Most of them are universities, including the University of Alabama, the University of North Texas, and Harvard University. There is also the EcoHealth Alliance, the National Institutes of Health (NIH), and the National Wildlife Federation.

While the relationships between these entities and the Wuhan Institute of Virology may be completely innocent, there is no way to really say for sure without a proper investigation. And this is exactly what Secretary of State Mike Pompeo is calling for, as is the nation of Australia.

Pompeo and the folks down under, along with millions of Americans, would really like to know the true origins of the Wuhan coronavirus (COVID-19). An increasing number of people simply are not buying the narrative that the novel virus originated in bat soup at a Chinese wet market, and this even includes mainstream media outlets like Fox News.

The only way to really determine what was going on at the Wuhan Institute of Virology, and who else might have been involved. is to open the place up for an international investigation. But communist China is against this, of course, accusing Australia of “petty tricks” and collusion with the United States.

“Overnight, I saw comments from the Chinese Foreign Ministry talking about a course of activity with respect to Australia who had the temerity to ask for investigation,” Pompeo is quoted as saying in response to China’s aggression against a proposed investigation.

“Who in the world wouldn’t want an investigation of how this happened to the world?” he added.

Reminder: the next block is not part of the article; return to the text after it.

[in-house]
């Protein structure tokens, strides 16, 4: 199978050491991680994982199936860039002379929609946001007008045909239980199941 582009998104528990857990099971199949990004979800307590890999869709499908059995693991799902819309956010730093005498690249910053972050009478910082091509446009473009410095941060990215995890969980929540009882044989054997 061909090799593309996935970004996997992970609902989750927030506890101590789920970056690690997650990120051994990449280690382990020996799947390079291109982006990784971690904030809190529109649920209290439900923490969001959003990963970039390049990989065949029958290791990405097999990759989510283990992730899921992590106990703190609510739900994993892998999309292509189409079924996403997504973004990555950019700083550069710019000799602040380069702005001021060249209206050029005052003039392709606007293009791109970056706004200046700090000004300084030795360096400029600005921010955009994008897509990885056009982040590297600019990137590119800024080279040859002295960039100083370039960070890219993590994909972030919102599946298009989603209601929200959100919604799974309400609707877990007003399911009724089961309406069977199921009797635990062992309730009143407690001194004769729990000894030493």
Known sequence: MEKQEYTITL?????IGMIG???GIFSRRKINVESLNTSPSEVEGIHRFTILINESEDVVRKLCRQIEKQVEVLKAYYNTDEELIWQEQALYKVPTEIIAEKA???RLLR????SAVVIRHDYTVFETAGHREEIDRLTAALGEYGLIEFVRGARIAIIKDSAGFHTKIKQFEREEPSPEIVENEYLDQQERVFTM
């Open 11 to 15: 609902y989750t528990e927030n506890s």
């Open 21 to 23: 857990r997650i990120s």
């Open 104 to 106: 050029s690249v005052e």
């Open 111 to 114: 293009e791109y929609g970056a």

As the U.S. aims to get back on track economically speaking, Pompeo believes that now is the time to hold communist China, the Wuhan Institute of Virology, and whoever else may have been involved accountable for unleashing this pandemic on the world.

“Not only American wealth, but the global economy’s devastation as a result of this virus,” Pompeo further stated. “There will be a time for this. We will get that timing right.”

Continue Reading

Anglais

New U.S. analysis finds that lab in Wuhan, China was “most likely” origin of coronavirus release

admin

Published

on

By

(Natural News) While American Leftists and most of the Democrat Party continue to serve as apologists for the Chinese Communist regime over its role in creating and then perpetuating the coronavirus pandemic, a new U.S. government analysis concludes that COVID-19 “most likely” escaped from a lab near Wuhan city.

The Washington Times reports that the analysis cataloged evidence linking the outbreak to the Wuhan lab and has found that other explanations for the origins of the virus are not as credible.

The paper reported: